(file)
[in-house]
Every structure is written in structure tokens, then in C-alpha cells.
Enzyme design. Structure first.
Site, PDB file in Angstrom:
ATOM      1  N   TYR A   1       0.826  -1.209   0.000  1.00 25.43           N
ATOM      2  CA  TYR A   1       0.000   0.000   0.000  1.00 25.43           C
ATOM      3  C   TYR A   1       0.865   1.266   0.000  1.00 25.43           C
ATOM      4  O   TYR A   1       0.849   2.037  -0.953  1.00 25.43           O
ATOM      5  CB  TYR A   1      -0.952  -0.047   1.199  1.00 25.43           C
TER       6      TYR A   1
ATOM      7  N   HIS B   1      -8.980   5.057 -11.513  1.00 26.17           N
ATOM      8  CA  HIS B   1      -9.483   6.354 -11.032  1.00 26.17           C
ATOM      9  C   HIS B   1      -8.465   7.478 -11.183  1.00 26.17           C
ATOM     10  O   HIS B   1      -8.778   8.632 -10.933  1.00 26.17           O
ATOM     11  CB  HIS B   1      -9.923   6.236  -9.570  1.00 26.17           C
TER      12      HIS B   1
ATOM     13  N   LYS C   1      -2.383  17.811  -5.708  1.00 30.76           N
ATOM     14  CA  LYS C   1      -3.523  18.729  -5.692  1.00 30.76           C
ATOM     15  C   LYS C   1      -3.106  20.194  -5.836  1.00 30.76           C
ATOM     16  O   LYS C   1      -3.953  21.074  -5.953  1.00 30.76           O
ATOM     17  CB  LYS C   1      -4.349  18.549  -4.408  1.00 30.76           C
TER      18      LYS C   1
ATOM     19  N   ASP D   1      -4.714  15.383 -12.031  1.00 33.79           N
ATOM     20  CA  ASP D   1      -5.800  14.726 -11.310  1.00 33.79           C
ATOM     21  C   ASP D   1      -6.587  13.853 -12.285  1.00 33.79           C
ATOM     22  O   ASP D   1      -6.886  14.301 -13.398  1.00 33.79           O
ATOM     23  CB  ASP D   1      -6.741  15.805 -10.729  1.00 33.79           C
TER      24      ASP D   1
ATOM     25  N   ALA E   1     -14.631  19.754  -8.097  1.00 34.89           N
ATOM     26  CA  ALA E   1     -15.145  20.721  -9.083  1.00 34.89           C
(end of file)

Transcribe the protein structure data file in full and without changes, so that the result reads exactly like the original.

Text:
[in-house]
Every structure is written in structure tokens, then in C-alpha cells.
Enzyme design. Structure first.
Site, PDB file in Angstrom:
ATOM      1  N   TYR A   1       0.826  -1.209   0.000  1.00 25.43           N
ATOM      2  CA  TYR A   1       0.000   0.000   0.000  1.00 25.43           C
ATOM      3  C   TYR A   1       0.865   1.266   0.000  1.00 25.43           C
ATOM      4  O   TYR A   1       0.849   2.037  -0.953  1.00 25.43           O
ATOM      5  CB  TYR A   1      -0.952  -0.047   1.199  1.00 25.43           C
TER       6      TYR A   1
ATOM      7  N   HIS B   1      -8.980   5.057 -11.513  1.00 26.17           N
ATOM      8  CA  HIS B   1      -9.483   6.354 -11.032  1.00 26.17           C
ATOM      9  C   HIS B   1      -8.465   7.478 -11.183  1.00 26.17           C
ATOM     10  O   HIS B   1      -8.778   8.632 -10.933  1.00 26.17           O
ATOM     11  CB  HIS B   1      -9.923   6.236  -9.570  1.00 26.17           C
TER      12      HIS B   1
ATOM     13  N   LYS C   1      -2.383  17.811  -5.708  1.00 30.76           N
ATOM     14  CA  LYS C   1      -3.523  18.729  -5.692  1.00 30.76           C
ATOM     15  C   LYS C   1      -3.106  20.194  -5.836  1.00 30.76           C
ATOM     16  O   LYS C   1      -3.953  21.074  -5.953  1.00 30.76           O
ATOM     17  CB  LYS C   1      -4.349  18.549  -4.408  1.00 30.76           C
TER      18      LYS C   1
ATOM     19  N   ASP D   1      -4.714  15.383 -12.031  1.00 33.79           N
ATOM     20  CA  ASP D   1      -5.800  14.726 -11.310  1.00 33.79           C
ATOM     21  C   ASP D   1      -6.587  13.853 -12.285  1.00 33.79           C
ATOM     22  O   ASP D   1      -6.886  14.301 -13.398  1.00 33.79           O
ATOM     23  CB  ASP D   1      -6.741  15.805 -10.729  1.00 33.79           C
TER      24      ASP D   1
ATOM     25  N   ALA E   1     -14.631  19.754  -8.097  1.00 34.89           N
ATOM     26  CA  ALA E   1     -15.145  20.721  -9.083  1.00 34.89           C